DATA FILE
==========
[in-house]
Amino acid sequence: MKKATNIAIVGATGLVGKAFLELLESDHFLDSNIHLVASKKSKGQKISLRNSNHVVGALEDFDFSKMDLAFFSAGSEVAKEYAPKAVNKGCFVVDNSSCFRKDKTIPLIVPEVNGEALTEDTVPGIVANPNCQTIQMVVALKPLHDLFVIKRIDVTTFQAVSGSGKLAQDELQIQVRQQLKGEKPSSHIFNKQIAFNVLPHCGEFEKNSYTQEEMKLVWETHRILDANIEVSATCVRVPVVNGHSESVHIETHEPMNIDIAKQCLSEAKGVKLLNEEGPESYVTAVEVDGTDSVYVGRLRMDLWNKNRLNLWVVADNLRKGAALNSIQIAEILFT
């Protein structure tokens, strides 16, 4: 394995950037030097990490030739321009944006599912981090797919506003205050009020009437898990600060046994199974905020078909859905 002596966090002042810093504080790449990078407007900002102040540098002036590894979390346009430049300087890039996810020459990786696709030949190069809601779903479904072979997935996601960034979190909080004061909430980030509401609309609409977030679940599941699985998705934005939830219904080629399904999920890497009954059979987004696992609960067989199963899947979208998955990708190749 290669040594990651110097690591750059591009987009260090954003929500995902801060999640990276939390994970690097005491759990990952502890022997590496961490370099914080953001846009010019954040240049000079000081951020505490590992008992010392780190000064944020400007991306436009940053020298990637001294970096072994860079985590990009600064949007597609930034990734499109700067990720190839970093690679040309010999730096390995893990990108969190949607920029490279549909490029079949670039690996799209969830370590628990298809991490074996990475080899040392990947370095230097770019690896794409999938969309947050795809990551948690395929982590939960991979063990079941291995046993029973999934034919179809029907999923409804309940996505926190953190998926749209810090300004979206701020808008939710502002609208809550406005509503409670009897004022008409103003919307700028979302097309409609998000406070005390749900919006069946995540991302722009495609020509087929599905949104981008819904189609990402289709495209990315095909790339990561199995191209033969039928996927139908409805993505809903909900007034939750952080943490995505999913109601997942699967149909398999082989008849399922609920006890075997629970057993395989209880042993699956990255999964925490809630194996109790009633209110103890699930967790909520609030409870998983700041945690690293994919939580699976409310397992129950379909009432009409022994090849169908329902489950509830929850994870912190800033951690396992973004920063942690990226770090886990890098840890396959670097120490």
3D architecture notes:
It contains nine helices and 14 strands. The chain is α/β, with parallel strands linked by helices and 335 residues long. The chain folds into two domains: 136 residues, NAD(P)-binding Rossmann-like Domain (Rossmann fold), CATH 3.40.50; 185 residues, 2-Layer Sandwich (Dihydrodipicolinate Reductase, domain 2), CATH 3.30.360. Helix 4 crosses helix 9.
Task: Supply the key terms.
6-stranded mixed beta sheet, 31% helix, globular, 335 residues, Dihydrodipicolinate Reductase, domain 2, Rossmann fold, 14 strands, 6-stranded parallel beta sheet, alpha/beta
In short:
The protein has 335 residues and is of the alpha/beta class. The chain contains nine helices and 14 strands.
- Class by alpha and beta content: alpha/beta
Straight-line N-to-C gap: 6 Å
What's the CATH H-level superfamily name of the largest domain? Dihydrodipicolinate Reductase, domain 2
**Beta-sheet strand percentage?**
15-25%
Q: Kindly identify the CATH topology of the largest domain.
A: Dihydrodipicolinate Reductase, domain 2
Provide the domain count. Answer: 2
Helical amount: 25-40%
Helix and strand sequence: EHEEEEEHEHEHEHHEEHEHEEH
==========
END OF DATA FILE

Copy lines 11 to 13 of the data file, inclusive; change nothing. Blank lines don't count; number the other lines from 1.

Straight-line N-to-C gap: 6 Å
What's the CATH H-level superfamily name of the largest domain? Dihydrodipicolinate Reductase, domain 2
**Beta-sheet strand percentage?**